Undulating concrete ceilings at London’s Portcullis House help cool the interior by taking advantage of thermal mass cooling.
“The most consistently depressing thing in U.S. buildings, almost without exception, is the ceilings.”
Mike Taylor doesn't mean any offense by his blunt observation. It's just that the British architect has seen far too many buildings in the States that fail to maximize the full potential of ceilings, either aesthetically or structurally.
Taylor's firm, London-based Hopkins Architects , is known for designing spaces with wildly undulating concrete ceilings that serve as much more than mere architectural expression. When used in conjunction with underfloor air distribution (UFAD), the exposed concrete ceilings provide passive thermal cooling or heating for the interior space, helping to reduce overall energy costs.
“We like this notion that one element of the building can provide multiple functions,” says Taylor, explaining how exposed concrete can serve as the building's structure, finished ceiling surface, light reflector, and thermal mass source for cooling and heating. “We'd rather take the structural element, spend a bit more time, money, and effort on that, and use it as the final finish. You have to put structure in the building anyway—why not get more out of it?”
The firm's design approach for what Taylor calls exposed overhead thermal mass takes advantage of off-peak electricity rates. During summer evening hours, when the building is unoccupied, the UFAD system kicks on and slowly introduces cool air into the interior space, gradually cooling the massive concrete ceilings. This cool energy, in turn, is passively radiated downward into the interior space during the day.
The overhead thermal mass approach can work for both open-plan schemes and enclosed office applications, as shown here at Portcullis House, New Parliamentary Building in London.
“The great thing about locating the thermal mass in the ceilings is that, unlike the floor or the walls, the ceilings are not going to get covered up with furniture, carpet, and people,” says Taylor. “Even if the building owner installs partitions in the space, the thermal energy will still radiate down on the occupants.”
Taylor says that because it takes so long for the energy to transmit through the concrete slab, no more than one inch of exposed concrete is actually cooled and warmed during the average daily cycle. An inch may not sound like much, but energy studies show that even the slightest amount of overhead thermal cooling can have a significant impact on energy costs.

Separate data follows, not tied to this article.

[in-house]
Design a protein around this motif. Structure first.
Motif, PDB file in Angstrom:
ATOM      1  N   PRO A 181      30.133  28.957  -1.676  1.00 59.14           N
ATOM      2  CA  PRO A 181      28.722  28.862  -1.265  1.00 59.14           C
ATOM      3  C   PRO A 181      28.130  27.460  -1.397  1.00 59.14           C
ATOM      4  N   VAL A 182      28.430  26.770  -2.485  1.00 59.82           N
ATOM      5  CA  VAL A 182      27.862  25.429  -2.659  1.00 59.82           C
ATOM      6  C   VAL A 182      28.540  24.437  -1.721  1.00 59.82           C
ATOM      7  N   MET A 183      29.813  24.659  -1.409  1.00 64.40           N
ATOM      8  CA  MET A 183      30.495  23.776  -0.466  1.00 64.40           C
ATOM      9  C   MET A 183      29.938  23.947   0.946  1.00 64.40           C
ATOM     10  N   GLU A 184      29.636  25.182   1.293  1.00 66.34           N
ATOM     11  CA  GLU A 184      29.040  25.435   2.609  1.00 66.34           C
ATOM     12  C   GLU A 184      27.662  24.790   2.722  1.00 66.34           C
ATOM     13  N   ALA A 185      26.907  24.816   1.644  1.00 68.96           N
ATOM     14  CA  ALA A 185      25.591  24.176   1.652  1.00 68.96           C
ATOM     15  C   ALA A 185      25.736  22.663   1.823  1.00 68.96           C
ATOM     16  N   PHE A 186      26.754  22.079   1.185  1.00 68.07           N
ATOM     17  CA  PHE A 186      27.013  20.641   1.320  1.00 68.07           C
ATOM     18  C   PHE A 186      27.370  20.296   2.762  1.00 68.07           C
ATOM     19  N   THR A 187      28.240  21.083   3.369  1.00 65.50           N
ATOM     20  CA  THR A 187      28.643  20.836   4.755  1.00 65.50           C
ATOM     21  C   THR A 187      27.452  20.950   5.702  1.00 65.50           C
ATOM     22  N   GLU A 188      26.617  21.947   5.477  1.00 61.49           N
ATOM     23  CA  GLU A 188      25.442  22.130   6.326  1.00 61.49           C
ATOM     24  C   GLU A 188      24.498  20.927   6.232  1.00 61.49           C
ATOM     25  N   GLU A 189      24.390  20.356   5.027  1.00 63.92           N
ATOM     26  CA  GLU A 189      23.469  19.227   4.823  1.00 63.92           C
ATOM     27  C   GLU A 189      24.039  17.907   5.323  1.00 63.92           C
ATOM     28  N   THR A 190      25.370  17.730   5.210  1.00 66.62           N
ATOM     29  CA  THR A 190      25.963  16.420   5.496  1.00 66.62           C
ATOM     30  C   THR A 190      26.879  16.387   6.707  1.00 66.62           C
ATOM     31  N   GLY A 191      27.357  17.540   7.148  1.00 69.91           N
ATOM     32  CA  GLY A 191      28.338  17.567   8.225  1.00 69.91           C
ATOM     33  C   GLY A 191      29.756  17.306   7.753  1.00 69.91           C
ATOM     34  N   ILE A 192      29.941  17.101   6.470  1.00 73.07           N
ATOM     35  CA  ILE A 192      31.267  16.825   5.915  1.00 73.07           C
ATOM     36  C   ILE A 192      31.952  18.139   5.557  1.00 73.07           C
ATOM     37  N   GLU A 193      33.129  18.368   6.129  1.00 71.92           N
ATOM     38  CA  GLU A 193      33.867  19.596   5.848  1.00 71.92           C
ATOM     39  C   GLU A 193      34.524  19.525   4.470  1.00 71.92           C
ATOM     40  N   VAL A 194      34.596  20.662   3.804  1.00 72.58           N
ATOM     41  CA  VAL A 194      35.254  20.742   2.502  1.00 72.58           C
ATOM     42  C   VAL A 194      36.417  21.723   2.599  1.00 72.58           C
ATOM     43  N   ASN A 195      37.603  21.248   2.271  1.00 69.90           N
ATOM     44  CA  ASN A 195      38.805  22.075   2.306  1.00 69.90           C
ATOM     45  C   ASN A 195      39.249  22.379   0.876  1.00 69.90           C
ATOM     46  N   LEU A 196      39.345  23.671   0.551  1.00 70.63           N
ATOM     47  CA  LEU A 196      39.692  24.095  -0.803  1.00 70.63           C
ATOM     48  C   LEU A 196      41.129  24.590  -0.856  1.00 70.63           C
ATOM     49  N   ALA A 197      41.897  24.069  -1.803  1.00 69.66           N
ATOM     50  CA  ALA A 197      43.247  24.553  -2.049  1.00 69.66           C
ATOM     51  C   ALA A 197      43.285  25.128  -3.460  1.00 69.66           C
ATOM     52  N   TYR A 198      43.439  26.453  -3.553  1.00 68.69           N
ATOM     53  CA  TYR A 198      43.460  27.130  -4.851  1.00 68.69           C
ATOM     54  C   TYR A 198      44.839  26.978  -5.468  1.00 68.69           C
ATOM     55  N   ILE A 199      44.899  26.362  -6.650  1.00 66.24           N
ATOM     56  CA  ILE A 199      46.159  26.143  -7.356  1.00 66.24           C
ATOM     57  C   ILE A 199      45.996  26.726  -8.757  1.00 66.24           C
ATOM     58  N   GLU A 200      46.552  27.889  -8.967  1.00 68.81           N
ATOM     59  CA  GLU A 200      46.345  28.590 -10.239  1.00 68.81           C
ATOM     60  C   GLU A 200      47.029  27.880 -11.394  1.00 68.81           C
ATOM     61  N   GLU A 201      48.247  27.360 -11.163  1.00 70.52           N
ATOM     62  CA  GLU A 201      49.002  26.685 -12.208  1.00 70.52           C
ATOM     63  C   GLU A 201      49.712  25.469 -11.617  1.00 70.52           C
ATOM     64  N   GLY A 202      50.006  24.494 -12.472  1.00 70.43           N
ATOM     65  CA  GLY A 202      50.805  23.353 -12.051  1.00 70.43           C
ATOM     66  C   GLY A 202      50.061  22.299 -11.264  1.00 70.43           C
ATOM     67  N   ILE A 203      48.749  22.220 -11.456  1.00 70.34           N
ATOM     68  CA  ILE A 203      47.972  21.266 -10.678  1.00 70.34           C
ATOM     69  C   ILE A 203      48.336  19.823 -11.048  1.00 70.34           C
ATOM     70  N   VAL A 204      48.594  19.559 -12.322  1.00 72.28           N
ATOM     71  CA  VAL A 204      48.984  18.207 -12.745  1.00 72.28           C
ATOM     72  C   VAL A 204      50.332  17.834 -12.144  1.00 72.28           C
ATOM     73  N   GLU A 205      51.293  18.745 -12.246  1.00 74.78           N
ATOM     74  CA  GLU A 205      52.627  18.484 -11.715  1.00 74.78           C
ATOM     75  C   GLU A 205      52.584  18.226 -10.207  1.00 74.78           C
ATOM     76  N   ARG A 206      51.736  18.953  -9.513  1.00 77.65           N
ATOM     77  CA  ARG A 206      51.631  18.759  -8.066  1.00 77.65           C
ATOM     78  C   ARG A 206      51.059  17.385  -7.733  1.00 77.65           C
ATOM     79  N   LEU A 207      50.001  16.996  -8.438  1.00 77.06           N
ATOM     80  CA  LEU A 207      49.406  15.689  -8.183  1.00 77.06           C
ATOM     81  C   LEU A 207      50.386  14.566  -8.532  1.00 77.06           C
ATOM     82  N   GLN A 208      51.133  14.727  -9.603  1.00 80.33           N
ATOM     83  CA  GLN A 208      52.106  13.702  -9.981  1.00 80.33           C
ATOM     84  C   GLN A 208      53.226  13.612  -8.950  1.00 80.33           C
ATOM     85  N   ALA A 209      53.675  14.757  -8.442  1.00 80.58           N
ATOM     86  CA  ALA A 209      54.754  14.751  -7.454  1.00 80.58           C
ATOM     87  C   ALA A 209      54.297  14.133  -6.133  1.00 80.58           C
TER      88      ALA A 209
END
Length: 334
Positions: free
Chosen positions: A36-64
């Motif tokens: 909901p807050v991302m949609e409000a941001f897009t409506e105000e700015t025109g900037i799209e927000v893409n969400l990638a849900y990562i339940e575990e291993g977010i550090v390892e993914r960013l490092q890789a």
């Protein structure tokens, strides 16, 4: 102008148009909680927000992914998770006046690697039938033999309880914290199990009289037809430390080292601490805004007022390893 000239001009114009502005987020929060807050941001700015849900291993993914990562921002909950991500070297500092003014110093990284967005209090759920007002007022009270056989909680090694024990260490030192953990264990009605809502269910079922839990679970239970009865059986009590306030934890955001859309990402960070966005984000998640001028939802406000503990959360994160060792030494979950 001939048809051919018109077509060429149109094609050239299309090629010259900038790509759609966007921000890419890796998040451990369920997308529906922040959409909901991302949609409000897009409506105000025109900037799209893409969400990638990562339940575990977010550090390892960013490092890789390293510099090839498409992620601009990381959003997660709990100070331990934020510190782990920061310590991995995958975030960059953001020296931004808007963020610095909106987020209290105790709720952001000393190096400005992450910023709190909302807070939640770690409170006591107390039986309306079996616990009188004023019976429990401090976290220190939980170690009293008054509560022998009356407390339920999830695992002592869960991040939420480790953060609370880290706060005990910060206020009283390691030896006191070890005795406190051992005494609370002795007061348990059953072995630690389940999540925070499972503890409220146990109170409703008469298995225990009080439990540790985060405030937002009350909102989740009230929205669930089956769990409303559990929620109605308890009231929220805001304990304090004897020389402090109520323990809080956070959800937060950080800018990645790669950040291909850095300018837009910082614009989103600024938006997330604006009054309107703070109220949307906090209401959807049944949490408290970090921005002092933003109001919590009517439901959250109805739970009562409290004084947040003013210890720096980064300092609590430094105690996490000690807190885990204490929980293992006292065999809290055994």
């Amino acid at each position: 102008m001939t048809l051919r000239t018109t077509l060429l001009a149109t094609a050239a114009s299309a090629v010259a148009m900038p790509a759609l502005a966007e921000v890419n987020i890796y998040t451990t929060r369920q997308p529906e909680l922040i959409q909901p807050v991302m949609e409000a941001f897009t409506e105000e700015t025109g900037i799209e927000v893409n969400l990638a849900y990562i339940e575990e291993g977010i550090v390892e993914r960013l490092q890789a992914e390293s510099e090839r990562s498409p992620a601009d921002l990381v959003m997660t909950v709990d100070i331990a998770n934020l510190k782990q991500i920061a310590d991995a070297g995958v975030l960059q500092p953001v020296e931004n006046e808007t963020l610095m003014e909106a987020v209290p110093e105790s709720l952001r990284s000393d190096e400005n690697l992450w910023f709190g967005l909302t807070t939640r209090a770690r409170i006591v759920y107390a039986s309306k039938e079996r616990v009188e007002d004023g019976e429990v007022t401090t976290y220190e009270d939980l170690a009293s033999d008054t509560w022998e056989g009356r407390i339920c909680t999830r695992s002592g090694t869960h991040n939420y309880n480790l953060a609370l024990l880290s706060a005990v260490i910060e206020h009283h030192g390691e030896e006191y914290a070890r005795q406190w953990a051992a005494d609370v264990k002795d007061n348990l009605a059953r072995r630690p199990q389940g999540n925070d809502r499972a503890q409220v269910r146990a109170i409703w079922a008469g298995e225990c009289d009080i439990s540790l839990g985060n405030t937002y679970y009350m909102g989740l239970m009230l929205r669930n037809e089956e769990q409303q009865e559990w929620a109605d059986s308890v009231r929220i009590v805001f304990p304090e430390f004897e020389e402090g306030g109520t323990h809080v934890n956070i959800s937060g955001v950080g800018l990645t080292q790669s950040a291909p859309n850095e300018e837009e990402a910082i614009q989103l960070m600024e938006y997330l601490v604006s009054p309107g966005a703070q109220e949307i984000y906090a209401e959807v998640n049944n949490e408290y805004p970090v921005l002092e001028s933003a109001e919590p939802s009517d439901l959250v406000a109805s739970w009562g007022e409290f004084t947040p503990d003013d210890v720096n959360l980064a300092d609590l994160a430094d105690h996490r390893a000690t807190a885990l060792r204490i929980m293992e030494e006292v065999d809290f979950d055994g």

For instance, at Yale University's Kroon Hall, which is set to open in April, energy models show that, during peak summer use, cooling the facility's exposed concrete ceilings at night will result in a 1°C drop in room temperate during daytime occupancy.
“Roughly speaking, that is about 10 watts per square meter of cooling, or about 15% of summer demand just from running the air displacement system at night and cooling that concrete,” says Taylor, whose firm designed the facility in collaboration with Arup and Atelier ten, both based in London, and Centerbrook Architects, Centerbrook, Conn. “With night cooling you may have to run your system longer, but overall you are paying much lower costs and operating at lower speeds. That's a huge benefit.”
Hopkins Architects first employed its exposed overhead thermal mass design approach in the early '90s at the Inland Revenue Centre in Nottingham, U.K. There, a series of precast floor/ceiling panels span the width of the workspace and are supported by prefabricated brick piers that double as the exterior walls of the building. Taylor says that the undulating form of the precast concrete ceiling panels not only “makes for very nice architecture,” but also increases the ceiling surface area and helps to focus the cool energy by “enveloping the occupants.”
Inland Revenue Centre in Nottingham, U.K.
Inland Revenue Centre in Nottingham, U.K.
While overhead thermal mass is nearly always beneficial, nighttime cooling is not ideal for all building types, says Taylor. “You really want buildings limited to daytime occupancy, such as offices and schools,” he says, not multifamily residential or hospitals. The same holds for buildings that have dramatic fluctuations in heat loads and high air-exchange rates, such as arenas and laboratories.
Taylor says careful attention must be paid to the location of light fittings and sprinklers, which are routed from above and fixed through the slab, especially if they're going to be cast in the concrete. “You have to make sure to coordinate the placement of any fire compartmentalization in the floor void, as well as the acoustics between the rooms and elements like air displacement nozzles,” says Taylor
As for payback, Taylor says the difference in cost is really the difference between using a raised floor versus a traditional dropped ceiling, plus an upgrade for the concrete detailing. “The payback comes from reduced energy consumption, and that depends on the building use, the local climate, and energy costs,” says Taylor.